Thinking His Way To Winning Ways
Wednesday - October 14, 2009
Thinking might be the most underrated aspect of sports, but it ought to be one of the most important.
Iolani’s Jarrett Arakawa understands that implicitly. It’s part of the reason he’s one of the top-three sport athletes in the state.
Ask him why he loves playing quarterback for the Division II defending state champion Raiders and he’ll thoughtfully explain: “I like the thinking aspect.”
Ask him why he’s been so successful as an all-state left-handed pitcher for Iolani and he explains why being on the mound is his passion: “I try to take advantage of the mental part of the game. When you win the mental game, it’s a real plus.”
Arakawa has been winning the mental game and the thinking game in almost all the sports he’s played while growing up in Kaimuki. Coached by his dad, Jason, strongly supported by his mom, Liane (whom he calls his “No. 1 fan”), and cheered on by brother Marcus and sister Carly, Jarrett became a multisport star in the youth leagues of Kaimuki and Kahala.
By the time he reached the intermediate-school level at Iolani, his star began to shine. Now, as a senior, he’s among the elite athletes on the island. He starts and stars in football, basketball and baseball, all while sporting an impressive 3.5 grade-point average.
That’s called thinking on your feet and in the classroom.
As a junior last year, Arakawa guided the Raiders to the Division II state football championship.
“I like making the reads, following the game plan,” he says. “Coach (Wendell) Look says, ‘No team will out-think us and out-hustle us.’ We may not be very big, but we work very hard. Winning the championship last year was an amazing feeling.”
This year, with impressive wins over both Division II and Division I foes, Iolani is once again the D-II team to beat in the HHSAA state tournament later this fall.
In basketball, Arakawa’s heady play led the Raiders into the state basketball tournament last year. Playing forward despite being only around 6 feet tall, his thoughtful and team-oriented approach to the game helped the Raiders to a third-place finish in the state tournament last winter.
But it’s baseball where the talented leftie is making his biggest mark. A year ago, he was selected as a first-team all-state utility player, which means he plays several positions. Arakawa starred in the outfield and on first base, batting over .400. On the mound, he was one of the most efficient pitchers in the state in leading the Raiders to the ILH title and eventually a fifth-place finish in the state tournament.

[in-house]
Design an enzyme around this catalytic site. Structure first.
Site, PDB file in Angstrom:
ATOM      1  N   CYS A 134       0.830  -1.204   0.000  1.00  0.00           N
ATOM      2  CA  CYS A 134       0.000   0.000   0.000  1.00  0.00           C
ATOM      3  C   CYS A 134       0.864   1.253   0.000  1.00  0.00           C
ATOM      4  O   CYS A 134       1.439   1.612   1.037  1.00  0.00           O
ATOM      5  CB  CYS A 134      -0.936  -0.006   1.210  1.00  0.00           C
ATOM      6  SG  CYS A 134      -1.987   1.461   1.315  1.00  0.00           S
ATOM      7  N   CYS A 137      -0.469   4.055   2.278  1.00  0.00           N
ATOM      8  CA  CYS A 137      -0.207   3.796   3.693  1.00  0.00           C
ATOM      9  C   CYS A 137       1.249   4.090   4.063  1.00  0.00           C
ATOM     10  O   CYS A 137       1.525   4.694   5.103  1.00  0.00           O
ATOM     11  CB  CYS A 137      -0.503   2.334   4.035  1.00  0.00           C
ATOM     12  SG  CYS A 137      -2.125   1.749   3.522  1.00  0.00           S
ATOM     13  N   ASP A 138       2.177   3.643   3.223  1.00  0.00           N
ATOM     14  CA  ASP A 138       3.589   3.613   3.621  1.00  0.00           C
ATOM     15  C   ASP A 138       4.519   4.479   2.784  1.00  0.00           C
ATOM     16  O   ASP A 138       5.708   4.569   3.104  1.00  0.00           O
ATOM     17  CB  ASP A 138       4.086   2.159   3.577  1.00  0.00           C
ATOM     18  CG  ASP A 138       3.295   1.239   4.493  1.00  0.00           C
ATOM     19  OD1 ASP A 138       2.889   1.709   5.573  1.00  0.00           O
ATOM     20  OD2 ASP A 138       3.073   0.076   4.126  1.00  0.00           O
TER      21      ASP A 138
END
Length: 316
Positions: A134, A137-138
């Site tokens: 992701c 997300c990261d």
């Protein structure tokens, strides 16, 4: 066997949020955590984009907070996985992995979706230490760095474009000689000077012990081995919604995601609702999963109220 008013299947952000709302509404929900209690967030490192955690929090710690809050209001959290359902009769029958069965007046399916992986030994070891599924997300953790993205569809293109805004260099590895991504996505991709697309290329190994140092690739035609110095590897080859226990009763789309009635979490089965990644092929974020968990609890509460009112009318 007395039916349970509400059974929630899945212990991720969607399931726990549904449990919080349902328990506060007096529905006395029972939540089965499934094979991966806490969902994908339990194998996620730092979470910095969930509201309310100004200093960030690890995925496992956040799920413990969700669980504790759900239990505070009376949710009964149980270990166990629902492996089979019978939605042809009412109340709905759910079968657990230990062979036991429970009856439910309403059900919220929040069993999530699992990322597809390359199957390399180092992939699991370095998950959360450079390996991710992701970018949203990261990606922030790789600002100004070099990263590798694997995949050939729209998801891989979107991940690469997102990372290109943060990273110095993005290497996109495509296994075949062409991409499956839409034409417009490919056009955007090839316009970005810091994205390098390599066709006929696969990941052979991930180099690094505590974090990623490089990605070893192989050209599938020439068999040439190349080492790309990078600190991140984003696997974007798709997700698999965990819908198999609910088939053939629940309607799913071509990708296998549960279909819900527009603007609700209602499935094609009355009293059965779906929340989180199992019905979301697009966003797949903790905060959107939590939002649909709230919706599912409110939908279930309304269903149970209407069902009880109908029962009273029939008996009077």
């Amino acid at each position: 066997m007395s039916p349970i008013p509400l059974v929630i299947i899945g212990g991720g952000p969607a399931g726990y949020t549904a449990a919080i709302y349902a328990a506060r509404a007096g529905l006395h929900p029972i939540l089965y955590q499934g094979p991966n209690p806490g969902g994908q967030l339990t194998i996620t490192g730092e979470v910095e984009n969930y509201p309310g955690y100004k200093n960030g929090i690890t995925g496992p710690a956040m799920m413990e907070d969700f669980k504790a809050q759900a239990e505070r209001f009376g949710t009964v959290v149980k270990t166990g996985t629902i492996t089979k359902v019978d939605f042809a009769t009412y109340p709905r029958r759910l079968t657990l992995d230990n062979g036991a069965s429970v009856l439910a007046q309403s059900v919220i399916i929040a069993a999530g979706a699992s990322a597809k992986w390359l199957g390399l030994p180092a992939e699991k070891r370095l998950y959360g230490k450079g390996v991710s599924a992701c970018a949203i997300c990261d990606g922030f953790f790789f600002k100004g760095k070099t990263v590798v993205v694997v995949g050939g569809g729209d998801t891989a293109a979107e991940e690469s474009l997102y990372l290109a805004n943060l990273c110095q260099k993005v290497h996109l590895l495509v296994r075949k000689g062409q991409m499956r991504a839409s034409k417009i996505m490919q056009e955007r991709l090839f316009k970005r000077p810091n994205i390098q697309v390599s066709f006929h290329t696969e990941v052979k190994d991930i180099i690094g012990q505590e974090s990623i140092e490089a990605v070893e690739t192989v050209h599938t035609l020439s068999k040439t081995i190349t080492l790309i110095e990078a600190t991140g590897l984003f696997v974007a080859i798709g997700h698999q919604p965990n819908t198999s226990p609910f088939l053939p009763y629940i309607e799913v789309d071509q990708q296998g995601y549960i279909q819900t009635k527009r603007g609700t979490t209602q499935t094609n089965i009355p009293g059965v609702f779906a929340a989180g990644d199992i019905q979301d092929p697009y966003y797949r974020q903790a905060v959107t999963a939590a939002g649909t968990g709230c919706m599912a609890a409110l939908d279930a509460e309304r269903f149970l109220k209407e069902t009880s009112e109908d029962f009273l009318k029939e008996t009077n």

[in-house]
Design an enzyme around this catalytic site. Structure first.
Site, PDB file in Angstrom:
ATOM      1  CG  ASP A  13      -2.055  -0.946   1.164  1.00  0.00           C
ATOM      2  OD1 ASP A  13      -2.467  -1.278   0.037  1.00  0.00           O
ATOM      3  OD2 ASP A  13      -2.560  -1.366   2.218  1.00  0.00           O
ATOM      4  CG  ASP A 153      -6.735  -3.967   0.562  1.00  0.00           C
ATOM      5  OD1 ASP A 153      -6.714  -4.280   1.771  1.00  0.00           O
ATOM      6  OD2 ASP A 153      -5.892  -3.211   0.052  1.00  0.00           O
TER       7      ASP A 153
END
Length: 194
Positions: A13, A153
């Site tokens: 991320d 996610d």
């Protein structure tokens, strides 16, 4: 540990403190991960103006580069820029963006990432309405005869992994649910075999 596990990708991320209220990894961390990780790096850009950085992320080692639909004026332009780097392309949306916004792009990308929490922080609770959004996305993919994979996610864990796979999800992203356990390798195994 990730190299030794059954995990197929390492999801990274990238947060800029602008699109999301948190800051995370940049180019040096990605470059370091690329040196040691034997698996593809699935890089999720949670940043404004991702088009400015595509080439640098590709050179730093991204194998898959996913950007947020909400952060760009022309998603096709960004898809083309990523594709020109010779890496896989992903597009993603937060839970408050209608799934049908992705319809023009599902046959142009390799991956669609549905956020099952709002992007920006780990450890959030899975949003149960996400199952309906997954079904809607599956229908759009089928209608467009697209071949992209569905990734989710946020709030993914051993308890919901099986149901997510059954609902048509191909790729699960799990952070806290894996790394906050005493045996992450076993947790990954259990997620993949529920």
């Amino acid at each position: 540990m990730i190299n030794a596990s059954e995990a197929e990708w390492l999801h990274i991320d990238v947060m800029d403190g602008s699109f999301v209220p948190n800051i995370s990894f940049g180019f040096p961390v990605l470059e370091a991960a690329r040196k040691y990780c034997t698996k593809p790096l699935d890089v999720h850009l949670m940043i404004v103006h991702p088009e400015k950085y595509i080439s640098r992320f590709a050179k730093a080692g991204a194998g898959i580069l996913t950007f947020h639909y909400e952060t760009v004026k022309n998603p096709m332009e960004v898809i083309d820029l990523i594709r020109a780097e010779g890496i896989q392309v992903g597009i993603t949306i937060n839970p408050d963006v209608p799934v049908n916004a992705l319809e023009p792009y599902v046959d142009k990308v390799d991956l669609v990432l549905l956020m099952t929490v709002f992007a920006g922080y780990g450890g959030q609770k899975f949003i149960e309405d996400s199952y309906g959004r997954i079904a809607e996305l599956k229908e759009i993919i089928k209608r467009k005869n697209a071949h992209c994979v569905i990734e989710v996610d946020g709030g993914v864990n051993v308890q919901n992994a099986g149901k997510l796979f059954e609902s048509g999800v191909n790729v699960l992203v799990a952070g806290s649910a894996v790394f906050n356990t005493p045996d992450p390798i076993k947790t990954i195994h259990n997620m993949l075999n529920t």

Clocked in the mid-80s with his fastball, Arakawa’s mental approach keeps opposing batters off balance. “I like to work the change and the curve,” he says. “My passion is to pitch.”
Longtime baseball observers will tell you that they appreciate pitchers rather than throwers. When Arakawa takes the hill, he is definitely a pitcher - commanding all aspects of the game, including his head.
When big-time colleges took notice of his talents, Arakawa thoughtfully came to the conclusion that he would stay at home. He committed this past summer to play for the University of Hawaii baseball program beginning next year.
“I grew up just a few minutes away and went to a lot of games growing up. It was the right thing to do,” he says.
Arakawa is sure to help the ‘Bows in so many ways - with his arm, his bat and his glove. But more than anything else, he’ll bring his thinking-man’s approach to Manoa.
“I’m looking forward to playing in front of my family and friends,” he says.
Hawaii fans are thinking they’re happy that one of the good ones will be staying and playing in the Islands.
That’s Jarrett Arakawa - always thinking it through.
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